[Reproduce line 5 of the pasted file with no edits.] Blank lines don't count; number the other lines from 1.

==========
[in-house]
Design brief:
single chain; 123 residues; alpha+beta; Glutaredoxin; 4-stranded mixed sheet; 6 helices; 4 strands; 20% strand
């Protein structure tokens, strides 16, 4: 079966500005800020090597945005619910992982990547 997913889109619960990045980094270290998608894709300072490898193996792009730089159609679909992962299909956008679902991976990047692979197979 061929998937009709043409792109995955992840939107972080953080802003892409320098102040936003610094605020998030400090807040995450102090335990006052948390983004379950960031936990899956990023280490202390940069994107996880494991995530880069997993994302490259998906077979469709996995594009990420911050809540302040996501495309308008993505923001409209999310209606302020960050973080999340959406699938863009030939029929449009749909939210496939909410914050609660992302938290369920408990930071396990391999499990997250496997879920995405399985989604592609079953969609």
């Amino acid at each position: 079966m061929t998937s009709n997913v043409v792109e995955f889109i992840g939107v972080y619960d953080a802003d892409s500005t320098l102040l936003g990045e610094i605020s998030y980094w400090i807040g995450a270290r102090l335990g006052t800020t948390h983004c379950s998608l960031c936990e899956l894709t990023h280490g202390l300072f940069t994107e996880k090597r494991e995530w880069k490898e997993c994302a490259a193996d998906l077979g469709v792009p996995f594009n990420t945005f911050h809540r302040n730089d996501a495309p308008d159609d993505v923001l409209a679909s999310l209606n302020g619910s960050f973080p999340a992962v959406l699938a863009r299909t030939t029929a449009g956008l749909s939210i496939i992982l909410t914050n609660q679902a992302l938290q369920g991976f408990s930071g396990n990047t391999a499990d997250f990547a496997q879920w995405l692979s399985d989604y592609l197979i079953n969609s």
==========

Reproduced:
């Amino acid at each position: 079966m061929t998937s009709n997913v043409v792109e995955f889109i992840g939107v972080y619960d953080a802003d892409s500005t320098l102040l936003g990045e610094i605020s998030y980094w400090i807040g995450a270290r102090l335990g006052t800020t948390h983004c379950s998608l960031c936990e899956l894709t990023h280490g202390l300072f940069t994107e996880k090597r494991e995530w880069k490898e997993c994302a490259a193996d998906l077979g469709v792009p996995f594009n990420t945005f911050h809540r302040n730089d996501a495309p308008d159609d993505v923001l409209a679909s999310l209606n302020g619910s960050f973080p999340a992962v959406l699938a863009r299909t030939t029929a449009g956008l749909s939210i496939i992982l909410t914050n609660q679902a992302l938290q369920g991976f408990s930071g396990n990047t391999a499990d997250f990547a496997q879920w995405l692979s399985d989604y592609l197979i079953n969609s």